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THE POPULAR SCIENCE MONTHLY.

incentive is there for the progress and evolution of the races which dwell in their midst.

This somewhat lengthy introduction to the subject of degeneration and its results is in its way necessary for the full appreciation of the fashion in which degeneration relates itself to the other conditions of life. From the preceding reflections it becomes clear that three possibilities of life await each living being. Either it remains primitive and unchanged, or it progresses toward a higher type, or, last of all, it backslides and retrogresses. As the first condition, that of stability, is, as already noted, perfectly consistent with the doctrine of descent, so are the two latter conditions part and parcel of that theory. The stable state forces the animal to remain as it now is, or as it has been in all times past; the progressive tendency will make it a more elaborate animal: and the progress of degeneration will, on the other hand, tend to simplify its structure. It requires no thought to perceive that progress is a great fact of nature. The development of every animal and plant shows the possibilities of nature in this direction. But the bearings of degeneration and physiological backsliding are not, perchance, so clearly seen; hence, to this latter aspect of biology we may now specially direct our attention.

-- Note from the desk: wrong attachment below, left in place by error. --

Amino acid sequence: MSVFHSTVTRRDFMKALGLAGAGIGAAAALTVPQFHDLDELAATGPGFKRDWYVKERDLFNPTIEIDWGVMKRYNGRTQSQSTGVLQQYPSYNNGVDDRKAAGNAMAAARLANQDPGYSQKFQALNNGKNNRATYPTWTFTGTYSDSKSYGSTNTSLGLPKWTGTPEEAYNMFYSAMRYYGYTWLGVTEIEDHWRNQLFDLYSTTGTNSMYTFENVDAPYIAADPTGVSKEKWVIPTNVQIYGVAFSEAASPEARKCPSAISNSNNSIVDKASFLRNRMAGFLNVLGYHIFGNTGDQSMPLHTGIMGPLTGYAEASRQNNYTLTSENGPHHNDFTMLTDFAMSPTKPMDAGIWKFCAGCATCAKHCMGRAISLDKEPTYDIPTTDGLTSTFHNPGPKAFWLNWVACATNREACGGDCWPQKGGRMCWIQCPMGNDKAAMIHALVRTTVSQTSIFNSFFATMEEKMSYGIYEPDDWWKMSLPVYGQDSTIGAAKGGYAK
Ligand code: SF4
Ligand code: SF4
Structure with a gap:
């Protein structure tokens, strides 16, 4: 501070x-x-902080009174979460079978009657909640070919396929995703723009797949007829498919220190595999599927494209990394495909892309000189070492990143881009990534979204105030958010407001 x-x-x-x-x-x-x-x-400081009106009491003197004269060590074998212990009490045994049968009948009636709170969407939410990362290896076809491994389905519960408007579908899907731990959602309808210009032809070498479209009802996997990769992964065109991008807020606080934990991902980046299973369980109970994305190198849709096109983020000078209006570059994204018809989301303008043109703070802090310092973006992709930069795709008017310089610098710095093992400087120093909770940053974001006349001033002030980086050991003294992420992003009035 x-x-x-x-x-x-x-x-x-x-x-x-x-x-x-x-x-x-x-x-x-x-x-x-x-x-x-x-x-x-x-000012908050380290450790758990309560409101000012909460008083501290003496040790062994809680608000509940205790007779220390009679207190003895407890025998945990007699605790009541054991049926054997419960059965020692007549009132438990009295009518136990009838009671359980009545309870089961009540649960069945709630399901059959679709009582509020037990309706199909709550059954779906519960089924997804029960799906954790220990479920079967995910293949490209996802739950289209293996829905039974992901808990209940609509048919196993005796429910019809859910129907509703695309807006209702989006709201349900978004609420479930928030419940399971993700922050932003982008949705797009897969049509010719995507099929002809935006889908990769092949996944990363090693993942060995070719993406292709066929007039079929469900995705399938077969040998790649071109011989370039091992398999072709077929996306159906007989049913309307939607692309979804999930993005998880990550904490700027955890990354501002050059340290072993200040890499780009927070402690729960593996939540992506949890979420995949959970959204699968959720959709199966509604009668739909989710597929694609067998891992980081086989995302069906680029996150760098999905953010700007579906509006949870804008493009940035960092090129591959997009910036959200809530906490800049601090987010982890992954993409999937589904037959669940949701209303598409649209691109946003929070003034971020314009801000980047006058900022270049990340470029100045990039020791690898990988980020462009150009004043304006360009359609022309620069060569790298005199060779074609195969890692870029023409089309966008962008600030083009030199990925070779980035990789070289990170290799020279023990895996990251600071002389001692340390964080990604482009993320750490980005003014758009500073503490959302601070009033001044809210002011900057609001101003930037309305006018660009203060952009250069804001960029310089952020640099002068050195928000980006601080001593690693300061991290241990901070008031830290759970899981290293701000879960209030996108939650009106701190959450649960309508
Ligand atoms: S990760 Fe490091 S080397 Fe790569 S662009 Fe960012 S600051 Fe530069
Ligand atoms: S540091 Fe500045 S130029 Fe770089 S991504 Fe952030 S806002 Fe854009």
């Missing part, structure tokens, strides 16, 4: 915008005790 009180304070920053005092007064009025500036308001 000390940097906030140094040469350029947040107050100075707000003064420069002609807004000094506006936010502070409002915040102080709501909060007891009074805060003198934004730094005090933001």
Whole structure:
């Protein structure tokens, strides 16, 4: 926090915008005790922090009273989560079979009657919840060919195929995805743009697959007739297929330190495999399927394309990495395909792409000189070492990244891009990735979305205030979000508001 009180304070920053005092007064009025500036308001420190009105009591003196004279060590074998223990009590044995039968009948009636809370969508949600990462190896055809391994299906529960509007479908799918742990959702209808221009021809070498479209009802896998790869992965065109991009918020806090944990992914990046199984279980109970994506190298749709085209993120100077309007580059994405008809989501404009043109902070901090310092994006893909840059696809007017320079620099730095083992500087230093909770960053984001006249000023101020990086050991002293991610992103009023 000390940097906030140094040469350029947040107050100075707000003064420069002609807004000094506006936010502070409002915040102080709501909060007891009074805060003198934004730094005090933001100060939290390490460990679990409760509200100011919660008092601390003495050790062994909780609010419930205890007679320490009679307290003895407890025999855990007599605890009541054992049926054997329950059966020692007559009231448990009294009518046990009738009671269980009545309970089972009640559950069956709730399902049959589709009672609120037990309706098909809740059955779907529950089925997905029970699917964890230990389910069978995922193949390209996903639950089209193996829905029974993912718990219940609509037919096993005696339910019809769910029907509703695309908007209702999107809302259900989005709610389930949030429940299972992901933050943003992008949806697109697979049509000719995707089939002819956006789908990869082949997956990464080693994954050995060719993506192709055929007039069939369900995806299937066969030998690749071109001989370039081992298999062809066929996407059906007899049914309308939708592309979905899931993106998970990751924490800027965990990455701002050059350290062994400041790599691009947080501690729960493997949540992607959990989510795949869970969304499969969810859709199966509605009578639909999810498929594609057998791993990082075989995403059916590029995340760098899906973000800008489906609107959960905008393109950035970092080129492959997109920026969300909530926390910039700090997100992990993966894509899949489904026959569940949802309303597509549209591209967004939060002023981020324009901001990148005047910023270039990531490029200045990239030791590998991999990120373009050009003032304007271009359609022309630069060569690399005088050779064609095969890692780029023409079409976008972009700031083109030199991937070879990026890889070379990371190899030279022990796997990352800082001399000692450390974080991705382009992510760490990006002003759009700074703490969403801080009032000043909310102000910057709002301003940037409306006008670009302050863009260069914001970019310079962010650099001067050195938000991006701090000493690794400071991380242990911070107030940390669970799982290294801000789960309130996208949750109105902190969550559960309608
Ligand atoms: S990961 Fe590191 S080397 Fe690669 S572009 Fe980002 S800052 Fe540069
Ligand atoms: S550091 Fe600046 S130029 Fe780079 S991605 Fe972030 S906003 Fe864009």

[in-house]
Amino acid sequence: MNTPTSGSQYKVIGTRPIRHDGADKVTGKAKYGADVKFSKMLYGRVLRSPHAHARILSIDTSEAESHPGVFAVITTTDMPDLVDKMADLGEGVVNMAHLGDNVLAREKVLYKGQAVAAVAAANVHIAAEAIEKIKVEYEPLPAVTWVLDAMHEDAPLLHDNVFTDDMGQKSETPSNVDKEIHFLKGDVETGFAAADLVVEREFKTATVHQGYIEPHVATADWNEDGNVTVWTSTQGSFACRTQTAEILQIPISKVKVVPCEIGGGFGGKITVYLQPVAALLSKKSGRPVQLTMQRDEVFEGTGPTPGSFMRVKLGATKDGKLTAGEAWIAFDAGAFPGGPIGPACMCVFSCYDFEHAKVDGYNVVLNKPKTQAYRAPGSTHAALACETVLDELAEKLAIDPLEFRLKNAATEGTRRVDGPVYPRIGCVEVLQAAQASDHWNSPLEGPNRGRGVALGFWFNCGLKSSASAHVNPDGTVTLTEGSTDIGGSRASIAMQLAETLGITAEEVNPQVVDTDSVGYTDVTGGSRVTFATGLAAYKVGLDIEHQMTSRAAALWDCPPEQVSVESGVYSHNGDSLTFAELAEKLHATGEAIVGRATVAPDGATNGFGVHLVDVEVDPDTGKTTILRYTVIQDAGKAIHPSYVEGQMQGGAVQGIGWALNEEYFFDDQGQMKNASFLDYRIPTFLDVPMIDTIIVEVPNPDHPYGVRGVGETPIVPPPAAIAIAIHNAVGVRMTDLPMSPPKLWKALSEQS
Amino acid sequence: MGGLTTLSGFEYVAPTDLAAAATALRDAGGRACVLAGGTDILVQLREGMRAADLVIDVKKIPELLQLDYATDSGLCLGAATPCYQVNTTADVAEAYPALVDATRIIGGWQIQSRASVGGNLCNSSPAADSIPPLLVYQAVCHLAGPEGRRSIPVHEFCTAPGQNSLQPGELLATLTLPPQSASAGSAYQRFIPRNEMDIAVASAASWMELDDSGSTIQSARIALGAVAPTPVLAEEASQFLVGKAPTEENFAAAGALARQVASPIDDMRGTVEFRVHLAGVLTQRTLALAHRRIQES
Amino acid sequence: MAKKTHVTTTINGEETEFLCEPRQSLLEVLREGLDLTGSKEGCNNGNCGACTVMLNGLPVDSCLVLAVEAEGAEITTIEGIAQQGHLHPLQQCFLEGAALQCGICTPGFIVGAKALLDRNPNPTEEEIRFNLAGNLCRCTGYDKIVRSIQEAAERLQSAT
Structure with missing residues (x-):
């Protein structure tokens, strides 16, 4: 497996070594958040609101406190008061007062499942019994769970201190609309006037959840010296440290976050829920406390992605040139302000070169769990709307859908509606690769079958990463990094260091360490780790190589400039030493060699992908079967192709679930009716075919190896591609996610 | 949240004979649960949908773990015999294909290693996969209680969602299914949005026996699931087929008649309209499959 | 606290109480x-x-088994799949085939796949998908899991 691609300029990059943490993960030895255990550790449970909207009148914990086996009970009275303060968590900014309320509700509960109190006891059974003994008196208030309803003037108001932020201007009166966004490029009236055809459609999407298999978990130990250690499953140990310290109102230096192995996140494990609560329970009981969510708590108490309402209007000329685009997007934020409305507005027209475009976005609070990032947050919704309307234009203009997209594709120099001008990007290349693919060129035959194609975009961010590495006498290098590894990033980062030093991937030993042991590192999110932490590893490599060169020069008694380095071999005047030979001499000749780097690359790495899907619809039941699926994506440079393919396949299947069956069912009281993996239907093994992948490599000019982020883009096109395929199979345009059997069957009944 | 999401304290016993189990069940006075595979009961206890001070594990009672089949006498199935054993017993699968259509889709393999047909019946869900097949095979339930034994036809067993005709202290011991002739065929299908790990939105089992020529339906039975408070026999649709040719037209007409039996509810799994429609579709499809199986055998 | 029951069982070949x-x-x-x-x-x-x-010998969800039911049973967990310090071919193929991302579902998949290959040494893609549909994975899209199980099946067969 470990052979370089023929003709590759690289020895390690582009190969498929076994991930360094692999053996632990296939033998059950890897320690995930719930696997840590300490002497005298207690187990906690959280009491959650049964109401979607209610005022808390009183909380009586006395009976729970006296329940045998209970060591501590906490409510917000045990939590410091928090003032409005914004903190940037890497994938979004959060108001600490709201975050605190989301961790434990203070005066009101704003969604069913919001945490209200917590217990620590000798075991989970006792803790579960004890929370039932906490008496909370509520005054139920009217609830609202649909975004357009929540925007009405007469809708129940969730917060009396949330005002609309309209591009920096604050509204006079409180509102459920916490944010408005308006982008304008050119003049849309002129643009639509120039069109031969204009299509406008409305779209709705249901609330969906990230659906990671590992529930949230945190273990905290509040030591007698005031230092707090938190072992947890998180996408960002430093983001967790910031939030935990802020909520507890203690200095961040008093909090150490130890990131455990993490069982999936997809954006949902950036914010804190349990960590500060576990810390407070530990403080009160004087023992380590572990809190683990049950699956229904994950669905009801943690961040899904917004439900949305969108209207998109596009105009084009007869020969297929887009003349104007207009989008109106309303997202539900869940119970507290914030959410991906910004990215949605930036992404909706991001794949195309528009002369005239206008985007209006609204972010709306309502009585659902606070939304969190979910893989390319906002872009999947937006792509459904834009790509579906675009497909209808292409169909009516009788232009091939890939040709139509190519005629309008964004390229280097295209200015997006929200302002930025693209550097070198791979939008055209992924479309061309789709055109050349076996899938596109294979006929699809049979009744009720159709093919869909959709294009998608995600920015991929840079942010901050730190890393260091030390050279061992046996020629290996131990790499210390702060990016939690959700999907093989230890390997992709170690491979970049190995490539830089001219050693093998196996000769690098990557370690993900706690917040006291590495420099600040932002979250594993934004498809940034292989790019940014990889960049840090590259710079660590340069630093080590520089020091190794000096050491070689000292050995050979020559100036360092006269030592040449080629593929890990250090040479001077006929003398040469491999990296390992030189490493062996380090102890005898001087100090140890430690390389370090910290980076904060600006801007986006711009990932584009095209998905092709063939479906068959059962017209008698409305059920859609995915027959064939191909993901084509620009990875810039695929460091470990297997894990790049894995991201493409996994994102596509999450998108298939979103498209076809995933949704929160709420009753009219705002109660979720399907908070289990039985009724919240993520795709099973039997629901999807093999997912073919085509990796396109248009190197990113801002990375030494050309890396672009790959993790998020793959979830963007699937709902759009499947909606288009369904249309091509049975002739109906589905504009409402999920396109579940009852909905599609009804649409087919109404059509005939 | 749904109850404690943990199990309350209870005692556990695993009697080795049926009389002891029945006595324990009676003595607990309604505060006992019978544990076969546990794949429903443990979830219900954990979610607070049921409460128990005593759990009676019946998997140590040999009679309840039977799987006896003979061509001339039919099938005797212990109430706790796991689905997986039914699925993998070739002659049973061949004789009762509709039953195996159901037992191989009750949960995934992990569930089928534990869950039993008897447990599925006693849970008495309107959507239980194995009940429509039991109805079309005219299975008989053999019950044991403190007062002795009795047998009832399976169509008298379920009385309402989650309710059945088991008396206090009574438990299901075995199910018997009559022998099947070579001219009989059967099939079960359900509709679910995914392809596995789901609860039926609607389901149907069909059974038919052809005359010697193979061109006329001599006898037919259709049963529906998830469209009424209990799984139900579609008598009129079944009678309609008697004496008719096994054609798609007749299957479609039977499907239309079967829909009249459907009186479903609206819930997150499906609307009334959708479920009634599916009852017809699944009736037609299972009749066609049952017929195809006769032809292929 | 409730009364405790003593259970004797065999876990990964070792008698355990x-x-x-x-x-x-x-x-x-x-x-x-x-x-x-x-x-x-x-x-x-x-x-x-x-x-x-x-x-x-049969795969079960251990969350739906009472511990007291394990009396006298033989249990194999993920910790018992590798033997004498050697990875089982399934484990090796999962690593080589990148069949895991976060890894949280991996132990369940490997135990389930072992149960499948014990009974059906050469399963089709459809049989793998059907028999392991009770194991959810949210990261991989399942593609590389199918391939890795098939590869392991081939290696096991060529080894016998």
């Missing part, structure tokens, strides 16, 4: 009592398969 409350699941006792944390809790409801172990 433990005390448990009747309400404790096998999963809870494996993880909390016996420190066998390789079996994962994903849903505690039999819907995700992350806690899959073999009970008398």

That certain animals degenerate or retrogress in their development before our eyes to-day, is a statement susceptible of ready and familiar illustration. No better illustrations of this statement can be found than those derived from the domain of parasitic existence. When anPSM V19 D238 Common tapeworm.jpgFig. 10.-Common Tapeworm (T├Žna `solium). 1. The head extremity, magnified showing hooks (a) and suckers (b, c); d, neck, with immature joints. 2. A joint largely magnified showing branching "ovary" in which the numerous eggs of each joint are matured. animal or plant attaches itself partly or wholly to another living being, and becomes more or less dependent upon the latter for support and nourishment, it exhibits, as a rule, retrogression and degeneration. The parasitic "guest" dependent on its "host" for lodging alone, or it may be for both board and lodging, is in a fair way to become degraded in structure, and, as a rule, exhibits degradation of a marked kind, where the association has persisted sufficiently long. Parasitism and servile dependence act very much in structural lower life as analogous instances of mental dependence on others act in ourselves. The destruction of characteristic individuality and the extinction of personality are the natural results of that form of association wherein one form becomes absolutely dependent on another for all conditions of life. A life of attachment exhibits similar results, and organs of movement disappear by the law of disuse. A digestive system is a superfluity